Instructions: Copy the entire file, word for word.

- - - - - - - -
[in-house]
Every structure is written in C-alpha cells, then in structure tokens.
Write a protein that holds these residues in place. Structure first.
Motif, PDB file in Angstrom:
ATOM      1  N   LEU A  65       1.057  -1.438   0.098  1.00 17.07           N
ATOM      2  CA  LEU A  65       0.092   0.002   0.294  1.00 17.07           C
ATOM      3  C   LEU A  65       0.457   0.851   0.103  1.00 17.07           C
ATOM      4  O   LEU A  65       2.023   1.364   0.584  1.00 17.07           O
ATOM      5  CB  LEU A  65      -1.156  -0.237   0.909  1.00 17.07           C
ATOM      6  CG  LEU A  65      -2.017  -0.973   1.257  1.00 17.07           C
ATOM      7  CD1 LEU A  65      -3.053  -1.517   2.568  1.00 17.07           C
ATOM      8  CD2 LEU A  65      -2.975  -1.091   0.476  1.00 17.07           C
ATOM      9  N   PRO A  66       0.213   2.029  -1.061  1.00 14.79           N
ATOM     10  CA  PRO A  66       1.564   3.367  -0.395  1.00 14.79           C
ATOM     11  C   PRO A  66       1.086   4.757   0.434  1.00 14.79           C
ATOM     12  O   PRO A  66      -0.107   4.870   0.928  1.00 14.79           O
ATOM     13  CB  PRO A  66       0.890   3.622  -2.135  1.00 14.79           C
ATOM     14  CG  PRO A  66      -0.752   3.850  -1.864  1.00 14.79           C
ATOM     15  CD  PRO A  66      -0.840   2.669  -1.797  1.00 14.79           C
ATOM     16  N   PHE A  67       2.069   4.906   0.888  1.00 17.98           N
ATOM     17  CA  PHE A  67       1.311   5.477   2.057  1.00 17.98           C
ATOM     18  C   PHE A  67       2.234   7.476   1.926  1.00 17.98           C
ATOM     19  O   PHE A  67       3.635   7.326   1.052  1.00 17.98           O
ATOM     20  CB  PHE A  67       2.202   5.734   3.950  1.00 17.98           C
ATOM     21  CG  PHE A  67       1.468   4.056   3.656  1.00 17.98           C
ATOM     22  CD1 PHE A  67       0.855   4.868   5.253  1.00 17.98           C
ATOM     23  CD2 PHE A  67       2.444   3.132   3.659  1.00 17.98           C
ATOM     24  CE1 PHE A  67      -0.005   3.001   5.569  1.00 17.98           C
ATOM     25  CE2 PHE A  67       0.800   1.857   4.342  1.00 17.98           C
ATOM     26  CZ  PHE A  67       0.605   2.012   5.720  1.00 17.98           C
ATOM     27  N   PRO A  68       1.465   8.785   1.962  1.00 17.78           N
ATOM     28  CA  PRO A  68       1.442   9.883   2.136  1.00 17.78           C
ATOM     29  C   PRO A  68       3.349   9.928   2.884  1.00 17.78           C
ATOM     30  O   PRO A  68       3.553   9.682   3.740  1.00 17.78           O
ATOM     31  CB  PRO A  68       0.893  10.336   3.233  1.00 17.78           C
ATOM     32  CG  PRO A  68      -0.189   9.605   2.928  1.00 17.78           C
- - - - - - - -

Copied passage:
[in-house]
Every structure is written in C-alpha cells, then in structure tokens.
Write a protein that holds these residues in place. Structure first.
Motif, PDB file in Angstrom:
ATOM      1  N   LEU A  65       1.057  -1.438   0.098  1.00 17.07           N
ATOM      2  CA  LEU A  65       0.092   0.002   0.294  1.00 17.07           C
ATOM      3  C   LEU A  65       0.457   0.851   0.103  1.00 17.07           C
ATOM      4  O   LEU A  65       2.023   1.364   0.584  1.00 17.07           O
ATOM      5  CB  LEU A  65      -1.156  -0.237   0.909  1.00 17.07           C
ATOM      6  CG  LEU A  65      -2.017  -0.973   1.257  1.00 17.07           C
ATOM      7  CD1 LEU A  65      -3.053  -1.517   2.568  1.00 17.07           C
ATOM      8  CD2 LEU A  65      -2.975  -1.091   0.476  1.00 17.07           C
ATOM      9  N   PRO A  66       0.213   2.029  -1.061  1.00 14.79           N
ATOM     10  CA  PRO A  66       1.564   3.367  -0.395  1.00 14.79           C
ATOM     11  C   PRO A  66       1.086   4.757   0.434  1.00 14.79           C
ATOM     12  O   PRO A  66      -0.107   4.870   0.928  1.00 14.79           O
ATOM     13  CB  PRO A  66       0.890   3.622  -2.135  1.00 14.79           C
ATOM     14  CG  PRO A  66      -0.752   3.850  -1.864  1.00 14.79           C
ATOM     15  CD  PRO A  66      -0.840   2.669  -1.797  1.00 14.79           C
ATOM     16  N   PHE A  67       2.069   4.906   0.888  1.00 17.98           N
ATOM     17  CA  PHE A  67       1.311   5.477   2.057  1.00 17.98           C
ATOM     18  C   PHE A  67       2.234   7.476   1.926  1.00 17.98           C
ATOM     19  O   PHE A  67       3.635   7.326   1.052  1.00 17.98           O
ATOM     20  CB  PHE A  67       2.202   5.734   3.950  1.00 17.98           C
ATOM     21  CG  PHE A  67       1.468   4.056   3.656  1.00 17.98           C
ATOM     22  CD1 PHE A  67       0.855   4.868   5.253  1.00 17.98           C
ATOM     23  CD2 PHE A  67       2.444   3.132   3.659  1.00 17.98           C
ATOM     24  CE1 PHE A  67      -0.005   3.001   5.569  1.00 17.98           C
ATOM     25  CE2 PHE A  67       0.800   1.857   4.342  1.00 17.98           C
ATOM     26  CZ  PHE A  67       0.605   2.012   5.720  1.00 17.98           C
ATOM     27  N   PRO A  68       1.465   8.785   1.962  1.00 17.78           N
ATOM     28  CA  PRO A  68       1.442   9.883   2.136  1.00 17.78           C
ATOM     29  C   PRO A  68       3.349   9.928   2.884  1.00 17.78           C
ATOM     30  O   PRO A  68       3.553   9.682   3.740  1.00 17.78           O
ATOM     31  CB  PRO A  68       0.893  10.336   3.233  1.00 17.78           C
ATOM     32  CG  PRO A  68      -0.189   9.605   2.928  1.00 17.78           C